On February 3, 1931, the Arkansas legislature passed a motion to hold a group prayer to save the soul of the journalist H.L. Mencken. The proximate cause were three columns by Mencken in the Baltimore Evening Sun in January. Describing Arkansas as “perhaps the most shiftless and backward state in the whole galaxy,” he dubbed it “the apex of moronia.” Mencken shrugged off the prayer session, saying, “I didn’t make Arkansas the butt of ridicule. God did.”
Mencken was especially harsh on the religious southeastern and south-central states, coining the phrase “Bible Belt” to describe them. There, aggressive evangelicals often used government to impose their morality on others. This clashed with Mencken's tolerance as well as the scientific progress he championed. If “Genesis embodies a mathematically accurate statement of what took place the week of June 3, 4004 B.C.,” he argued, then “all of modern science is nonsense.”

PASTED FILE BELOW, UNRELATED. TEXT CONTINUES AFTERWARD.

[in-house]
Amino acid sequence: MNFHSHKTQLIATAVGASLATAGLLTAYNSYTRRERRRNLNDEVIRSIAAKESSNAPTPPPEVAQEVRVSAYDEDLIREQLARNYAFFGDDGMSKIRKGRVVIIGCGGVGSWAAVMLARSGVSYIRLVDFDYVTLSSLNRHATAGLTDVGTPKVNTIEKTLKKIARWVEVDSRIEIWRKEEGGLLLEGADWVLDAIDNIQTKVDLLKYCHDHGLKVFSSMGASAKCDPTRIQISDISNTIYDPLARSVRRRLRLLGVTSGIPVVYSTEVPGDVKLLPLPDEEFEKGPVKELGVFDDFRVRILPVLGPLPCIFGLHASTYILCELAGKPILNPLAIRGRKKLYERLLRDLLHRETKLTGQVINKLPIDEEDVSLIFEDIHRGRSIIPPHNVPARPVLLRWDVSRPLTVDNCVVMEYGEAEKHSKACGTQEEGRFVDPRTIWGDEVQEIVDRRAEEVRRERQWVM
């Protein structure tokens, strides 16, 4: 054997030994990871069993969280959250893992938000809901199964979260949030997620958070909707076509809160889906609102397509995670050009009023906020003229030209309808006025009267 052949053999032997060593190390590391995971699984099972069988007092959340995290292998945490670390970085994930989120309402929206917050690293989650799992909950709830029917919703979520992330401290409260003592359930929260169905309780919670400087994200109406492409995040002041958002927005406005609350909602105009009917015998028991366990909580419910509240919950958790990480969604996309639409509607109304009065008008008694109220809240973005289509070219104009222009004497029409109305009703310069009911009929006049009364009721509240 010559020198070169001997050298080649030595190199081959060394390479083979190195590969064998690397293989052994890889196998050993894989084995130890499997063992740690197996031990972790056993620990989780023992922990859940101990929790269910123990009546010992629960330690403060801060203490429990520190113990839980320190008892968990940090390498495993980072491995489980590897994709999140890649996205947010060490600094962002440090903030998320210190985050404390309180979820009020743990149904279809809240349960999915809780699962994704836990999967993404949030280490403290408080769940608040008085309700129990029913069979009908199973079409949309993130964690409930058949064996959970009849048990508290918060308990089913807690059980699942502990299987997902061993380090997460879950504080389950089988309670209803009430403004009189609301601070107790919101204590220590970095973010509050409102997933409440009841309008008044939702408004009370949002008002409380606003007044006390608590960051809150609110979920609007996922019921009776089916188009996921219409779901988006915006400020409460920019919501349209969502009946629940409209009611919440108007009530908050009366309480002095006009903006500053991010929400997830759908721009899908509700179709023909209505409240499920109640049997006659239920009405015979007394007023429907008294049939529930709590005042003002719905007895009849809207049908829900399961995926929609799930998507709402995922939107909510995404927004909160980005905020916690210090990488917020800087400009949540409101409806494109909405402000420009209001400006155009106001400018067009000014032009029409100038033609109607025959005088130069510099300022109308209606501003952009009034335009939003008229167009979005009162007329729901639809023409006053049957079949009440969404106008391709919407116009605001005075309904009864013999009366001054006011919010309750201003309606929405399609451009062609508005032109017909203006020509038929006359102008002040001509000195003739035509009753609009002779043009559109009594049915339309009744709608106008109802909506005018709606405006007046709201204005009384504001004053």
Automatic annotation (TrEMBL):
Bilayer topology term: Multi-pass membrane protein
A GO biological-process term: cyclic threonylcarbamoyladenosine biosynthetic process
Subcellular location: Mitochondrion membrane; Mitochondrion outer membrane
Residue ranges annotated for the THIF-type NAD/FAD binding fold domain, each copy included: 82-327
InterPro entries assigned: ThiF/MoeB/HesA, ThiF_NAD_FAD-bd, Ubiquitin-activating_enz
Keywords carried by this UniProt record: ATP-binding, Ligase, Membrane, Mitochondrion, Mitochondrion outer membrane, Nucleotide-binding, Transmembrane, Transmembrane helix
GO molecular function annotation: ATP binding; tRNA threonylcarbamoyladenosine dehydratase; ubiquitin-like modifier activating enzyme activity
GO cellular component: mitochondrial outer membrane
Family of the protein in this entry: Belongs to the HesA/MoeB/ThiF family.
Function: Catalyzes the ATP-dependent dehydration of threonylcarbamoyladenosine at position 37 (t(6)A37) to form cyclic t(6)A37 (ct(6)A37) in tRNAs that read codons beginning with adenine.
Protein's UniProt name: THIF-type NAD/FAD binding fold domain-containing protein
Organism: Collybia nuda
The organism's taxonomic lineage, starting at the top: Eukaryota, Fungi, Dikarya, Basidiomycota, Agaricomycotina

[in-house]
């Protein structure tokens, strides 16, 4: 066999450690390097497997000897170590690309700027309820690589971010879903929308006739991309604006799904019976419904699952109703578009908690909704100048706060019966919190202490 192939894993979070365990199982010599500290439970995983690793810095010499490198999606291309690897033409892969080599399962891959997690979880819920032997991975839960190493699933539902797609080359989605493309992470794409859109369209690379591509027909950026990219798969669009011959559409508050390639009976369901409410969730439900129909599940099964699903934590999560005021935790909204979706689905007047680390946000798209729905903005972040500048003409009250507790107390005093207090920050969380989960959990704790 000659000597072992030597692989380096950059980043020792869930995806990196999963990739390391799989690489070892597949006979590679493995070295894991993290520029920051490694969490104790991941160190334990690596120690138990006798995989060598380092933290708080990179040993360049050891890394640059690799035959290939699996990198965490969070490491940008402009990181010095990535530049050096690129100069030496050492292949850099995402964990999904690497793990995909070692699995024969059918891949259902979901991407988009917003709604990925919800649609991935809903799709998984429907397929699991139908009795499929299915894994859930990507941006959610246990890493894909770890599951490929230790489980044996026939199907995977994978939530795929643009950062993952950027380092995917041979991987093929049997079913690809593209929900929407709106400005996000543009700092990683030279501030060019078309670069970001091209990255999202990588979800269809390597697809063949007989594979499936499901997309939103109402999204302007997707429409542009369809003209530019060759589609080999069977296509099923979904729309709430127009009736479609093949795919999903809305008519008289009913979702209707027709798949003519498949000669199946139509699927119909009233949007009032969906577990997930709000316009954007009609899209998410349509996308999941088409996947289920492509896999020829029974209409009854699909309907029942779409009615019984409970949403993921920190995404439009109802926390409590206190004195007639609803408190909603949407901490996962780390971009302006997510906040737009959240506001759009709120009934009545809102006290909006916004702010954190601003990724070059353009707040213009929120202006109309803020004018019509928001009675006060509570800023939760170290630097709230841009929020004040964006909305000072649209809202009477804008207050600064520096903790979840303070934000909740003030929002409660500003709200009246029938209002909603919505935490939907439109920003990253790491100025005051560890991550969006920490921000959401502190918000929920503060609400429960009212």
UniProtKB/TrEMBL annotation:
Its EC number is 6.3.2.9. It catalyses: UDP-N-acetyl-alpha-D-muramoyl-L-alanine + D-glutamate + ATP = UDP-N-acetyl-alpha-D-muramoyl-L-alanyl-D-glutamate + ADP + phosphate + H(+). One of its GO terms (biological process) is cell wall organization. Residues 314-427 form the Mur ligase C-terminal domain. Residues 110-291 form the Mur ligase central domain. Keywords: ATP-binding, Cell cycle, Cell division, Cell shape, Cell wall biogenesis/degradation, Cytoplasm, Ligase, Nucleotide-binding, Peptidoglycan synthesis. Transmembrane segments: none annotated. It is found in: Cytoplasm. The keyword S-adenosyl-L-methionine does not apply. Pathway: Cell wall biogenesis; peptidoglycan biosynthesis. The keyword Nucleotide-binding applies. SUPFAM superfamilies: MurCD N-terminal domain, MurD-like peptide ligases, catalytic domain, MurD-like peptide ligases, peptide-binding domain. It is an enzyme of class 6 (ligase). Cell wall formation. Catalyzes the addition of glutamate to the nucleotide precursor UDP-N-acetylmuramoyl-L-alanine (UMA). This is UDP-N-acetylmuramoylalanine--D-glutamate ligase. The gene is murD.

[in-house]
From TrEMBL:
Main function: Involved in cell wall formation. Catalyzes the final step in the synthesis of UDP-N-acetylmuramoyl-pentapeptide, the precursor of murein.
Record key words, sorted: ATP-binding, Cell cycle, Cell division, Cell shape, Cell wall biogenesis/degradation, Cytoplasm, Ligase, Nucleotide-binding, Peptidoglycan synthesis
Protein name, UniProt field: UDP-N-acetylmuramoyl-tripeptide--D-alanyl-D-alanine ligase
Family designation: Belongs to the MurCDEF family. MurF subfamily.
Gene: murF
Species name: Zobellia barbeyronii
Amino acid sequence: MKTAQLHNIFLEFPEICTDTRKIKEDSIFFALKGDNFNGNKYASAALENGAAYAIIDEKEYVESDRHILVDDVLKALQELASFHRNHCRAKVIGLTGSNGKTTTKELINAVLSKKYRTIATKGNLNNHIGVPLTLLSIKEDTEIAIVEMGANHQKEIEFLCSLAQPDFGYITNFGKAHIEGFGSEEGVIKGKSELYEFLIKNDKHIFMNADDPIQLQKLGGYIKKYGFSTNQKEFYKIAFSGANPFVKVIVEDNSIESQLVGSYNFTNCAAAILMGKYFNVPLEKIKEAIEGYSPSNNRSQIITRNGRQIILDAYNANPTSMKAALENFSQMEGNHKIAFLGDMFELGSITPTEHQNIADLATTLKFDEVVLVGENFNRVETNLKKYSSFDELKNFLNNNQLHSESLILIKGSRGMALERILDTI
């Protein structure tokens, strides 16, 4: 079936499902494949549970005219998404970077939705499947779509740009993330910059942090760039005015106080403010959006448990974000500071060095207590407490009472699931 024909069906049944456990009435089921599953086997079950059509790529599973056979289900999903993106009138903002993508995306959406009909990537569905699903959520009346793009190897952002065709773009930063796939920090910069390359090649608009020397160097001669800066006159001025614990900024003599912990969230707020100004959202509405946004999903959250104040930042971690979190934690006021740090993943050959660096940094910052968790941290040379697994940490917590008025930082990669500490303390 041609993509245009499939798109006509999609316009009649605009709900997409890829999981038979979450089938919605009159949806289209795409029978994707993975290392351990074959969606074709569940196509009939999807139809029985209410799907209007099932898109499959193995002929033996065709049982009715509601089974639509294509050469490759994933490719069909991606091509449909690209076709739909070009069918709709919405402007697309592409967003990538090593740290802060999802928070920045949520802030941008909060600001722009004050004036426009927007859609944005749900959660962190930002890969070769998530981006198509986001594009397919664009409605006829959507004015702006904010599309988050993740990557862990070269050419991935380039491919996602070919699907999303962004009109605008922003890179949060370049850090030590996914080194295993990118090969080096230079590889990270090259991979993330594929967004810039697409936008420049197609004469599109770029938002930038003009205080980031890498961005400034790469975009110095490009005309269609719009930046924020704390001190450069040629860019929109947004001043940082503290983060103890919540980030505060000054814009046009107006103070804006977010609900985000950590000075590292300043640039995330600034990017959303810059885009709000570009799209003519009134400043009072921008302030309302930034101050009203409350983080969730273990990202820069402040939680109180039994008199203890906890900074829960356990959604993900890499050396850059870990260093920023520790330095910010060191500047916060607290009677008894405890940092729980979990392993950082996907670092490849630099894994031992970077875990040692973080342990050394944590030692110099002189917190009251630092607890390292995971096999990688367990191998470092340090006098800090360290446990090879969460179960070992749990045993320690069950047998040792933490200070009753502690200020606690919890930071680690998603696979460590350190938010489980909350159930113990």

The clash erupted dramatically during the eight-day Scopes Monkey Trial held in Tennessee in 1925. (Mencken also coined the term “Monkey Trial.”) A high school teacher had broken a law against teaching evolution, and Mencken was determined to be a key player in the courtroom circus. He persuaded the famed attorney Clarence Darrow to defend the teacher against the equally famed politican-orator William Jennings Bryan.
Mencken's broadcasts blistered the radio waves with accounts of the courtroom's “air of a religious orgy.” A guilty verdict was inevitable, he announced, because “one accused of heresy ... is like one accused of boiling his grandmother to make soap.” Such comments almost led to his lynching.
Although Scopes was found guilty and fined, with the judgment later overturned on a technicality, Mencken declared the trial to be “a great victory.” For the rest of his life, he cited it as proof that civil libertarians must ever be on guard against mandatory moralists.
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